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Nature Study in a Nutshell

Charlotte Mason Method Nature Study Basics

So far in this series we’ve talked about all the great benefits that we and our children can gain from doing nature study. We’ve also addressed Charlotte Mason’s encouragement to get outside one half-day per week, all year round.

That all sounds great, but sometimes there is confusion about what to do once you step outside that door. What should nature study look like?

Here is a lovely description that Charlotte gave in School Education, page 237.

“On one afternoon in the week, the children (of the Practising School) go for a ‘nature walk’ with their teachers. They notice for themselves, and the teacher gives a name or other information as it is asked for, and it is surprising what a range of knowledge a child of nine or ten acquires. The teachers are careful not to make these nature walks an opportunity for scientific instruction, as we wish the children’s attention to be given to observation with very little direction. In this way they lay up that store of ‘common information’ which Huxley considered should precede science teaching; and, what is much more important, they learn to know and delight in natural objects as in the familiar faces of friends. The nature-walk should not be made the occasion to impart a sort of Tit-Bits miscellany of scientific information. The study of science should be pursued in an ordered sequence, which is not possible or desirable in a walk. It seem to me a sine quâ non of a living education that all school children of whatever grade should have one half-day in the week, throughout the year, in the fields. There are few towns where country of some sort is not accessible, and every child should have the opportunity of watching, from week to week, the procession of the seasons.
“Geography, geology, the course of the sun, the behaviour of the clouds, weather signs, all that the ‘open’ has to offer, are made use of in these walks; but all is incidental, easy, and things are noticed as they occur. It is probable that in most neighbourhoods there are naturalists who would be willing to give their help in the ‘nature walks’ of a given school.”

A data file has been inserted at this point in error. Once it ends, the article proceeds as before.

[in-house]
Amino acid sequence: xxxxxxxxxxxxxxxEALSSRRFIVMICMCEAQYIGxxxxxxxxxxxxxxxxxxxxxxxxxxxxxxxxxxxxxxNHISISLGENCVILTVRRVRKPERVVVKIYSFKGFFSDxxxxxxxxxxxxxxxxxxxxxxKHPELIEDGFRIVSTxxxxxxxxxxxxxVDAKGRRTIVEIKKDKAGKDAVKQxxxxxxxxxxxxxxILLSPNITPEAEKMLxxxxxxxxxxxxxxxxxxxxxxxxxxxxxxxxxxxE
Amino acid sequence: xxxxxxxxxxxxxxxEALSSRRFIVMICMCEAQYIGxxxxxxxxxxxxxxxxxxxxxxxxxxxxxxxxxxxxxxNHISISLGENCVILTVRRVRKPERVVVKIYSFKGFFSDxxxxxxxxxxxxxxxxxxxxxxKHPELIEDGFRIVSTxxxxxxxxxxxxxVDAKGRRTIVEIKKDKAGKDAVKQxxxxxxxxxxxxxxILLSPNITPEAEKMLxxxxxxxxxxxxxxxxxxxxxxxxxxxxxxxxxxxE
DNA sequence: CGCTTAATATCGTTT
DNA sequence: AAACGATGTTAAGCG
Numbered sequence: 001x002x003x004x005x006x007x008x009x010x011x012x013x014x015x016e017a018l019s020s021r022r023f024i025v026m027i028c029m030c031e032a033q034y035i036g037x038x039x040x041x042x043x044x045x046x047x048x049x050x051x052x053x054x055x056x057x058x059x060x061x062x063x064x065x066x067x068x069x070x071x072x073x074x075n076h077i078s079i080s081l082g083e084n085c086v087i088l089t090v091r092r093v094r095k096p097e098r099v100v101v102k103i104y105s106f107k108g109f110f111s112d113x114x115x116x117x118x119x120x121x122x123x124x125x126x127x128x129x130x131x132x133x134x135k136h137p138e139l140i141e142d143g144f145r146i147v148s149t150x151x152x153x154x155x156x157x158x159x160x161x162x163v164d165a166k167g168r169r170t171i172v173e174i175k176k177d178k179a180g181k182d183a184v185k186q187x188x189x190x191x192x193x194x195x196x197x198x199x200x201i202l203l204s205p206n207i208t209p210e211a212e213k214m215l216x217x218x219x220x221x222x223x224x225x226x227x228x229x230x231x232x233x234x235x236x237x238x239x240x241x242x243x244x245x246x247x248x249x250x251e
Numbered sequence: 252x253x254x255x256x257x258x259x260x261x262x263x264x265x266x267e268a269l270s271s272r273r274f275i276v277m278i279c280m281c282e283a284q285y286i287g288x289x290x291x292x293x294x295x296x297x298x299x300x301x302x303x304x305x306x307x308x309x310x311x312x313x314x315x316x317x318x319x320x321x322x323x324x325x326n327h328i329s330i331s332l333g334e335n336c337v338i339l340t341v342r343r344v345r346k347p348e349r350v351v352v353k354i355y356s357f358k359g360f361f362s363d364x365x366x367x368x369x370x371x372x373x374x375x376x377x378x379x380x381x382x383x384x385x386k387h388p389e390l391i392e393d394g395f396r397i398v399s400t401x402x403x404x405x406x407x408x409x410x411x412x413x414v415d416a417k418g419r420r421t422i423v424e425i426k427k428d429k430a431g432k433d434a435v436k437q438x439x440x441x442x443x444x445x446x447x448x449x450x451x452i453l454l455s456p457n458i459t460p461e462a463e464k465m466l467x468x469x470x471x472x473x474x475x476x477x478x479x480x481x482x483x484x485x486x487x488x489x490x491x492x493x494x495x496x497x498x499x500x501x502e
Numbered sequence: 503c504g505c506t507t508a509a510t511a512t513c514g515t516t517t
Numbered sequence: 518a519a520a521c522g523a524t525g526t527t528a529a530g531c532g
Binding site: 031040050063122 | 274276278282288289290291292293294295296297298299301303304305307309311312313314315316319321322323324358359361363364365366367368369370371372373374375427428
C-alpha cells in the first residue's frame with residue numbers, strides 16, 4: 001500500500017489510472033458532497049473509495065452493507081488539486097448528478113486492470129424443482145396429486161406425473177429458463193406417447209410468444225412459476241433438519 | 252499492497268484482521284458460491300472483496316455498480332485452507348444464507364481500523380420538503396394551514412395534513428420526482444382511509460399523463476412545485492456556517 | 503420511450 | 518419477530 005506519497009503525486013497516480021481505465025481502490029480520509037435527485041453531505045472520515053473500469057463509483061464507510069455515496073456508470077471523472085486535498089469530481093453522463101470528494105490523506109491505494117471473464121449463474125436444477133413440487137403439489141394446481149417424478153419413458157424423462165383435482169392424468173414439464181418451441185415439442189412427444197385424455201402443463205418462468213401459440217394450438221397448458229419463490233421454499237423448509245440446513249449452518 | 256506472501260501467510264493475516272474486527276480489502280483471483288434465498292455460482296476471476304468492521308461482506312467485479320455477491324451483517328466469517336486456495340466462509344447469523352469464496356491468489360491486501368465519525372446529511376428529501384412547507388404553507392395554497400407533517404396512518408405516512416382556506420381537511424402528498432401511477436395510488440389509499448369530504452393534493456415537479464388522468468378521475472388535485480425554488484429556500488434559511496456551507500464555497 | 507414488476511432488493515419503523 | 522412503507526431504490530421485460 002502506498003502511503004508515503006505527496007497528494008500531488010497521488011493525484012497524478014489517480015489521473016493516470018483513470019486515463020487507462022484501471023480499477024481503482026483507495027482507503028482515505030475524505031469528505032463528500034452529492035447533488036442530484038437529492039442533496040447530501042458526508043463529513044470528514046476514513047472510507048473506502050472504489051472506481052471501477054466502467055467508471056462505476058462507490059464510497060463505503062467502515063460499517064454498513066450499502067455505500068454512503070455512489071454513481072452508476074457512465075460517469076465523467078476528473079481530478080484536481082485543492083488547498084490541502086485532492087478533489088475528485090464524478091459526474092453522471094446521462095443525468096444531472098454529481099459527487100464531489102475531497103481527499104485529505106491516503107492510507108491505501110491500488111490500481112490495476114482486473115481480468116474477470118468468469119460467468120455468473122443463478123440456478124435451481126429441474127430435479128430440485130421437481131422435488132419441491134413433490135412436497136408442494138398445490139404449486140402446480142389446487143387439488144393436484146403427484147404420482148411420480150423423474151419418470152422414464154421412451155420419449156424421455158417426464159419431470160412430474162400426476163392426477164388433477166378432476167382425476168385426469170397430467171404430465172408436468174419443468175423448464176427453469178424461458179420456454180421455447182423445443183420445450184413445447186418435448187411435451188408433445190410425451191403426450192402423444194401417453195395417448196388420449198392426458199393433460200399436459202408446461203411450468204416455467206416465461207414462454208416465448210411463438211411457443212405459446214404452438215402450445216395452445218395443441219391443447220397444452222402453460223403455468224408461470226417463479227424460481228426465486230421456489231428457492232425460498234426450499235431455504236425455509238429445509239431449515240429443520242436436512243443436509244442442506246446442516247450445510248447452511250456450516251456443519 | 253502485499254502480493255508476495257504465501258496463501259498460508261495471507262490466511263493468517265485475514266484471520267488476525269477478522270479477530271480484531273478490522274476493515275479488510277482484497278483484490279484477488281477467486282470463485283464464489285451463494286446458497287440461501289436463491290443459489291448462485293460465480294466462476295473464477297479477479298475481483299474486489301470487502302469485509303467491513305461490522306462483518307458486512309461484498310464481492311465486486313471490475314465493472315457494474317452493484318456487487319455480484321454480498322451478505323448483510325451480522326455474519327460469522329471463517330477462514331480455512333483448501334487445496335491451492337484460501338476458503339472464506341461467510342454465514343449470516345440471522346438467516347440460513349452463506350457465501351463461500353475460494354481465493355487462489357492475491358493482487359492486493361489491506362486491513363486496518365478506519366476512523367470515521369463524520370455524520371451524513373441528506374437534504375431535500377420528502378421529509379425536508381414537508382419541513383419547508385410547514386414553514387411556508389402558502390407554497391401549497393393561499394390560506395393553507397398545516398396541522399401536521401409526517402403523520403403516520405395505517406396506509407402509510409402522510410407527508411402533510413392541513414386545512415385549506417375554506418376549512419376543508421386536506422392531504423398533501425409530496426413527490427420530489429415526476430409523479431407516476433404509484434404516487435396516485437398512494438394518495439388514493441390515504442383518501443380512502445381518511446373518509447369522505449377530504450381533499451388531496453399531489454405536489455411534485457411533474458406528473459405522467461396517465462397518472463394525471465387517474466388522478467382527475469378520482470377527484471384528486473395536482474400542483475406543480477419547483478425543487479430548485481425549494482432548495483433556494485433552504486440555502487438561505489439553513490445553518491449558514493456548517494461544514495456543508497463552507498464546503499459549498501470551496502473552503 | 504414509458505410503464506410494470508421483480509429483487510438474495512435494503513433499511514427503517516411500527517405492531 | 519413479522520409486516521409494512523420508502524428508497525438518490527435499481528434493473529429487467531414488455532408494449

From that passage, let’s draw some key principles to help guide your nature study.

  • Once a week, go on a nature walk with your children.
  • Notice things as they occur. Encourage the children to watch patiently and quietly for themselves “until they learn something of the habits and history of bee, ant, wasp, spider, hairy caterpillar, dragon-fly, and whatever of larger growth comes in their way” (Home Education, p. 57). Nature study should not be a staged, formal science lesson.
  • Give additional information as a child is ready for it. Be ready to offer related information in the moment of discovery. If your child is observing a bumble bee within a patch of flowers, that is a prime opportunity to casually mention pollen and ask if the child can see any on the bee’s legs. Now, don’t panic and think that you can’t do nature study until you know all about everything outside. If your child asks about something and you don’t have the answer immediately, that’s okay. You now have a wonderful opportunity to do some research together and continue the excitement of learning about nature after you go back indoors.
  • Your goal is that the child will “learn to know and delight in natural objects as in the familiar faces of friends.”
  • Watch the procession of the seasons from week to week.
  • The weather, clouds, rocks, the course of the sun, and the lay of the land are all appropriate items to include in nature study, as are wild flowers, trees, creatures—all natural objects near your home.
  • If desired, invite a knowledgeable friend to accompany you on your nature walks to provide information that you may not know as your child requires it.

And, of course, don’t overlook those spontaneous opportunities that arise amid your everyday life. My daughter and I just returned from the library where she noticed an earthworm on the sidewalk, trying to get back to the moist earth. We stood and watched that worm for quite a while. Such a delightful pause in our day!